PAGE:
Since 2015, a wave of decolonial activism has swept South Africa's universities, with impact being felt on campuses across the globe. The 'Fallist' movement erupted at the University of Cape Town under the moniker #RhodesMustFall, with students perceiving the university as a microcosm of the spatial apartheid characterising the city; the toppling of British colonialist Cecil Rhodes' statue was a symbolic starting point in the project of liberating the university and forging a new intellectual space. Challenging institutional racism, colonial iconography, and the hegemony of Eurocentric epistemologies and knowledge production, the student movement led to national protests against the commodification of education and neoliberal outsourcing practices. Insisting on an intersectional approach, Black women have been at the helm of this activism, broadening the decolonising agenda to address concerns with systemic patriarchy and gender-based violence.

As the movement transcended national boundaries, it found root in long-held frustrations at Oxford, while calls to decolonise the academy continue to abound through sister movements and campaigns across British universities. Although these movements encompass a multitude of aims and strategies, underpinning them is an attempt to disrupt historical amnesia around imperial legacies, connecting these issues to present-day inequalities. From Canada to Malaysia, Australia to the Netherlands, academic institutions are faced with the urgent need to redress historical injustices, confronting the politics of knowledge practices and the university's implicated position in reinforcing and reproducing colonial social constructions and hierarchies.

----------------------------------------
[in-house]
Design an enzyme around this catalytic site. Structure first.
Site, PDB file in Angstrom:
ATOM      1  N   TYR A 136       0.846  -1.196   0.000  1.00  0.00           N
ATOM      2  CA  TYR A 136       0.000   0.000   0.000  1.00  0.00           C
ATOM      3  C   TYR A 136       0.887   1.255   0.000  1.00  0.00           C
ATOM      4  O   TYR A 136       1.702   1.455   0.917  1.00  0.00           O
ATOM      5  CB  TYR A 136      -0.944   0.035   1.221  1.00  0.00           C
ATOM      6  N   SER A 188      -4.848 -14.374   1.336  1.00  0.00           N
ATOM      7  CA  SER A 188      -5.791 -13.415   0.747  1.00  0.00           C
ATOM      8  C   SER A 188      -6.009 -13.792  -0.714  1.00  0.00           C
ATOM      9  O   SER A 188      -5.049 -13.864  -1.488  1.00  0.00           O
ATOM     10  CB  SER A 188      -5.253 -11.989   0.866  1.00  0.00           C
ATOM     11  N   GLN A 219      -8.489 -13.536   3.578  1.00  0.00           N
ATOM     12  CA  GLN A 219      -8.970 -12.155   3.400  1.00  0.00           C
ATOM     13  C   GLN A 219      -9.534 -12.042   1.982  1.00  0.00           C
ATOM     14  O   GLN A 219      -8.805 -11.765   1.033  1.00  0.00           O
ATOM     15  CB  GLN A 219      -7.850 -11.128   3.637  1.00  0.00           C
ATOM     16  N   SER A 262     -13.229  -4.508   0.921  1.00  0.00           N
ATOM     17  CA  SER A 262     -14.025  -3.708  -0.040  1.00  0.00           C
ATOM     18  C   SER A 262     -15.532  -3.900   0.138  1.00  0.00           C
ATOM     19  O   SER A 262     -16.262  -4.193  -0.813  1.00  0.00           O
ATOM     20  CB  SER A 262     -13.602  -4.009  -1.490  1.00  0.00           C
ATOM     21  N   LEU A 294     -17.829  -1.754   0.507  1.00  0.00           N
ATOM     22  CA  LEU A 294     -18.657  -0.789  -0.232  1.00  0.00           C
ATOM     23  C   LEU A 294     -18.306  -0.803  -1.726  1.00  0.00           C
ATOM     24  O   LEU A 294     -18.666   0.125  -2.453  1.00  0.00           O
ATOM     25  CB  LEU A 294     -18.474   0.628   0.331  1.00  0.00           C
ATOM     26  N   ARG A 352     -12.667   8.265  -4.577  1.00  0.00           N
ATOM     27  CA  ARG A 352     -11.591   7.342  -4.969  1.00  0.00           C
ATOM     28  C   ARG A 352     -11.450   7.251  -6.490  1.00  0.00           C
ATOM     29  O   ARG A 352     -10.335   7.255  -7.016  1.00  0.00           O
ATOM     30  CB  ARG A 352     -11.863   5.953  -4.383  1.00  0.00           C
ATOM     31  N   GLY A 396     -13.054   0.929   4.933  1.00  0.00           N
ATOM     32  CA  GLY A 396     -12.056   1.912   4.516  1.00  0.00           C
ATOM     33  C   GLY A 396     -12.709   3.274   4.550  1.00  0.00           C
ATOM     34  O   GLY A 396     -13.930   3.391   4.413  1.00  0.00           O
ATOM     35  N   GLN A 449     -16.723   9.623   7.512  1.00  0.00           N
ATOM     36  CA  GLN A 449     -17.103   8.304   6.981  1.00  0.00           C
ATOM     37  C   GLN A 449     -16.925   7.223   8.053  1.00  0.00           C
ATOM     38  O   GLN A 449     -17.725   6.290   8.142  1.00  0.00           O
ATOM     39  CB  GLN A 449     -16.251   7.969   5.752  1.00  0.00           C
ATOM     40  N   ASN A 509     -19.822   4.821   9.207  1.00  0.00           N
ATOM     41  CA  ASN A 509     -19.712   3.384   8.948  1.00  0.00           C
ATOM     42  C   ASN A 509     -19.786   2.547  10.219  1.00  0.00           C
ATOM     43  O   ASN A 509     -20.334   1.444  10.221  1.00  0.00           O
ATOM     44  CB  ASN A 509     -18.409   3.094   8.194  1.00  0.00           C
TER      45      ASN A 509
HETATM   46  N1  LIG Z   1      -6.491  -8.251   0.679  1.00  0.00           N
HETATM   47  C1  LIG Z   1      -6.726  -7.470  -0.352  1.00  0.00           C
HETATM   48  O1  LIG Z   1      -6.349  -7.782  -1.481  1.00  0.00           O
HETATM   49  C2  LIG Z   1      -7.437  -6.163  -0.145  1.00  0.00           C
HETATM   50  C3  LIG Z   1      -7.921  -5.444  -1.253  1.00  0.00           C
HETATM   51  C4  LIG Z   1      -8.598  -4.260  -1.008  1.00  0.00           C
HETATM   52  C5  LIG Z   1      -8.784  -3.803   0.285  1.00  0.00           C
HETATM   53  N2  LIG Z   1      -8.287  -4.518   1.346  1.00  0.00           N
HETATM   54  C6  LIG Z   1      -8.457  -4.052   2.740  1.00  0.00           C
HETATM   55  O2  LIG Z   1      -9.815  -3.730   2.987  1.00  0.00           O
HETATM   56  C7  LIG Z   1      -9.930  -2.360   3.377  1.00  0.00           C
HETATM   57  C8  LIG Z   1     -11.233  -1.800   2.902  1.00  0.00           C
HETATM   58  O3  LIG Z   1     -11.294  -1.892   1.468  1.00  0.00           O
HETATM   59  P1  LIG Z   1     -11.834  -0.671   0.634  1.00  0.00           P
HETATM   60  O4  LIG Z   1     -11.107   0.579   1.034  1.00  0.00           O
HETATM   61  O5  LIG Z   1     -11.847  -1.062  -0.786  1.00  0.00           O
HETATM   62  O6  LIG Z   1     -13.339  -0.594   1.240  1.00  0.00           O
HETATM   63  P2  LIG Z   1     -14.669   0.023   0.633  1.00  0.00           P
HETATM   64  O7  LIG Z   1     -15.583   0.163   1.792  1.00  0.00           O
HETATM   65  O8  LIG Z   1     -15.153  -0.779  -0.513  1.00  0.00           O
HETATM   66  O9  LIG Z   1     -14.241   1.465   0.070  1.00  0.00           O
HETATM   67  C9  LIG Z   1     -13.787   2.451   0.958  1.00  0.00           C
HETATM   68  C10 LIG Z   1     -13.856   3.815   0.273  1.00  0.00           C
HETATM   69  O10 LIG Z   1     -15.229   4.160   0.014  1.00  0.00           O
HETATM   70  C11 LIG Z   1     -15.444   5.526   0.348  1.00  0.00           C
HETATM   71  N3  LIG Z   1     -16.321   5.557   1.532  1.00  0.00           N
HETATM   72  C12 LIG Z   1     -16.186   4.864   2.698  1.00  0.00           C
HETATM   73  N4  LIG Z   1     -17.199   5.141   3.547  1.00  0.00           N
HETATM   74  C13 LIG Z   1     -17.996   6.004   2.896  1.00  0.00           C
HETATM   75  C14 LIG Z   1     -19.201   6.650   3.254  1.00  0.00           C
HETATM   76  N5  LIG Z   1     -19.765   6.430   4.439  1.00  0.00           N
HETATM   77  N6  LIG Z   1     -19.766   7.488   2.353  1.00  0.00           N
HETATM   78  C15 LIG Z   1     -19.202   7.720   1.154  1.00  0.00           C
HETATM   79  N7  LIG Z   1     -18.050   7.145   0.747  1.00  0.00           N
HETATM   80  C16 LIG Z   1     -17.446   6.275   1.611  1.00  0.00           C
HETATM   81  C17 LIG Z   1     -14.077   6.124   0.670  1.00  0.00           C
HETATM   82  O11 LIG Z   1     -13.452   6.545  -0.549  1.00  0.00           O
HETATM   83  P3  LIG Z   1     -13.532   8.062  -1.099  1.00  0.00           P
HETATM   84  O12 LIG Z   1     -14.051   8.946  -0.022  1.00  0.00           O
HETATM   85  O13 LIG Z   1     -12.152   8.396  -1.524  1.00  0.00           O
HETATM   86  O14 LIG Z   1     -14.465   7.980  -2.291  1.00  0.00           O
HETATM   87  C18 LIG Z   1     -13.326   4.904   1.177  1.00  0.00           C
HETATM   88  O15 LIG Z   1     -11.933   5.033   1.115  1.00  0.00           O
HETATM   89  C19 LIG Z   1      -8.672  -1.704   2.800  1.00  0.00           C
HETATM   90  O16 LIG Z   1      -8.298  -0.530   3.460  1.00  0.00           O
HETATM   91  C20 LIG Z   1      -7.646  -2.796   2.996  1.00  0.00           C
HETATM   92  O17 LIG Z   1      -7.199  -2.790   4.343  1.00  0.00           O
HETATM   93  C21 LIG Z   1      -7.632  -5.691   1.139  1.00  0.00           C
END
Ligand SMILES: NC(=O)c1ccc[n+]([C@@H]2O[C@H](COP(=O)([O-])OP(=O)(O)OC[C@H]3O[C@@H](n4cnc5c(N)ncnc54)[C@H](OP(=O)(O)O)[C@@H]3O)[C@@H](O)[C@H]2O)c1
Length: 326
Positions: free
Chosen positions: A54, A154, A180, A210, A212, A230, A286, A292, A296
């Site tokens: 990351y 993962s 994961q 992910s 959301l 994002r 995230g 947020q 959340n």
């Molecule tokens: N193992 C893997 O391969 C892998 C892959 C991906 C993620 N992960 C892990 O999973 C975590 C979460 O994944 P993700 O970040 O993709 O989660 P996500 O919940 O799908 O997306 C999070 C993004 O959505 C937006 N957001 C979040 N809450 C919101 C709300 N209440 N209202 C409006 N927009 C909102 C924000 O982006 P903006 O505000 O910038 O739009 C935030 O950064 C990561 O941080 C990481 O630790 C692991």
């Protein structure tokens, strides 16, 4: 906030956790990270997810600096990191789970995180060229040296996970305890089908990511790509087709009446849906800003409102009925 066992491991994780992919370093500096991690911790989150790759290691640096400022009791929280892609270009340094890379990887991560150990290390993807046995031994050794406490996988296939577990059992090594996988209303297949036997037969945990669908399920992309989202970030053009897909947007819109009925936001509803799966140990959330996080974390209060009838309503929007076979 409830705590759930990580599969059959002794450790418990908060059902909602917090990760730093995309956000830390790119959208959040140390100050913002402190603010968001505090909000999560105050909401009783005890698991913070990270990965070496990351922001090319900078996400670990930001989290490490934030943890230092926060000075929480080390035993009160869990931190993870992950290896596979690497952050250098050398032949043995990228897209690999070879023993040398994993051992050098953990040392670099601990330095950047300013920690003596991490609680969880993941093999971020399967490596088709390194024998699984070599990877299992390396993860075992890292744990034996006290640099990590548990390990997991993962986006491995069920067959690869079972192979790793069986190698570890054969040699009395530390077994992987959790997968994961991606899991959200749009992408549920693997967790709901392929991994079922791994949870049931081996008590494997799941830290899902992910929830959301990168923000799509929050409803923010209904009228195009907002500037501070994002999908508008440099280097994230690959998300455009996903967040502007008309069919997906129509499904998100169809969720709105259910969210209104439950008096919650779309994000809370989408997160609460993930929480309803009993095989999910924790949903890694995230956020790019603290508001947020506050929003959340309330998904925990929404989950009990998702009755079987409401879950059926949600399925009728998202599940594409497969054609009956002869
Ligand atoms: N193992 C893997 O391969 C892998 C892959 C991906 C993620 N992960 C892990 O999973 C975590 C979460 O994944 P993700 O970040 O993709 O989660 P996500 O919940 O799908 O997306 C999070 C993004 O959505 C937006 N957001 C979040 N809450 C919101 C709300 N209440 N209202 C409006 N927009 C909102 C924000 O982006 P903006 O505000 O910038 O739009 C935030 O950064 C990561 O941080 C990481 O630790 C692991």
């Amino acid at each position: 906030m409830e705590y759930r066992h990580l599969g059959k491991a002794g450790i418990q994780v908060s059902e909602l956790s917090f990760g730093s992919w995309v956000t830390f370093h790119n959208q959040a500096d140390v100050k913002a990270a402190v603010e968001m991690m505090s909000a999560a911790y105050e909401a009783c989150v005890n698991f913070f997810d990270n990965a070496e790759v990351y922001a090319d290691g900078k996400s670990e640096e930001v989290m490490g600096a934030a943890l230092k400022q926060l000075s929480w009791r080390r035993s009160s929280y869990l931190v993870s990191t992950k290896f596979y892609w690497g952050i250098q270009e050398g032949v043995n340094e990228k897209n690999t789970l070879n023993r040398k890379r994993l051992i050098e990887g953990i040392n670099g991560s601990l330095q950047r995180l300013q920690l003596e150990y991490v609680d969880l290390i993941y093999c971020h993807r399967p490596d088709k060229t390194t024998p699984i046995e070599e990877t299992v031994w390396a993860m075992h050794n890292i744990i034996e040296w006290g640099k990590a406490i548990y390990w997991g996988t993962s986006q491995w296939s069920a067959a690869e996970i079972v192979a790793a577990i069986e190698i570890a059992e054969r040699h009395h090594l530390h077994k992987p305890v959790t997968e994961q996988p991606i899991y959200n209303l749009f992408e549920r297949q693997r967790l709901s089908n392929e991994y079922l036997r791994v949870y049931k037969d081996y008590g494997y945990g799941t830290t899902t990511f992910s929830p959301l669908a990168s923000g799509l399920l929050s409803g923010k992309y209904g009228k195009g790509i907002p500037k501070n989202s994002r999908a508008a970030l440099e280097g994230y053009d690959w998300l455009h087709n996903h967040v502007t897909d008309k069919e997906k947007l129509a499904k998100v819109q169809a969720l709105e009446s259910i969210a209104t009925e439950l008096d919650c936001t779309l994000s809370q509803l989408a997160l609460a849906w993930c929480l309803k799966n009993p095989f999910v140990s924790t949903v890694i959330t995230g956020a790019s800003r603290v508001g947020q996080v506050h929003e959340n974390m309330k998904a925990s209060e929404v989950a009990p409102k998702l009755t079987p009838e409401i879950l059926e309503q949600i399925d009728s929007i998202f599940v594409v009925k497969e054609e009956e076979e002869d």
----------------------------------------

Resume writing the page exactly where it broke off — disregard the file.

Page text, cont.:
My research seeks to explore the meanings and implications of contemporary expressions of decolonial activism in South Africa and its spread to British universities. I believe that in order to tackle the pressing challenges of global inequalities, we need to start with an appreciation of how deep the roots of racism run: centuries of slavery, genocide, oppression and segregation have shaped the DNA of our societies. Rather than papering over the savageries that constitute the 'histories of the present', the decolonial turn1 is one where these legacies are interrogated, so that the structures, policies, imaginaries and conditions that sustain racial and gender inequity can be subverted.

Higher education has a pivotal role to play in these transformative movements, signalled by the mandate taken up by universities throughout South Africa to decolonise the curriculum and instigate a process of transforming institutional and epistemological frameworks. In the UK, universities such as SOAS are making formal commitments to delivering a decolonising agenda.

I am honoured to have received a scholarship from the CSC in order to complete research on this topic. It is a particular honour to be connected with the work of the ACU and included in its Peace and Reconciliation Network, which brings universities together to discuss their role in addressing imperial legacies and historical injustices. My own history has been informed by a deep appreciation of the critical need for this work; South Africa's violent history of colonialism and apartheid has fostered a legacy of trauma that continues to impact society at every level. Indeed, the work of reconciliation remains 'unfinished business'; it is an ever-evolving project, taking a myriad of different forms across a diverse array of contexts. I hope to play a small part in this momentous task.




(1) Grosfoguel, Ramón. "The epistemic decolonial turn: Beyond political-economy paradigms." Cultural studies 21, no. 2-3 (2007): 211-223.

Image: Rhodes Must Fall movement in South Africa (image credit: Desmond Bowles)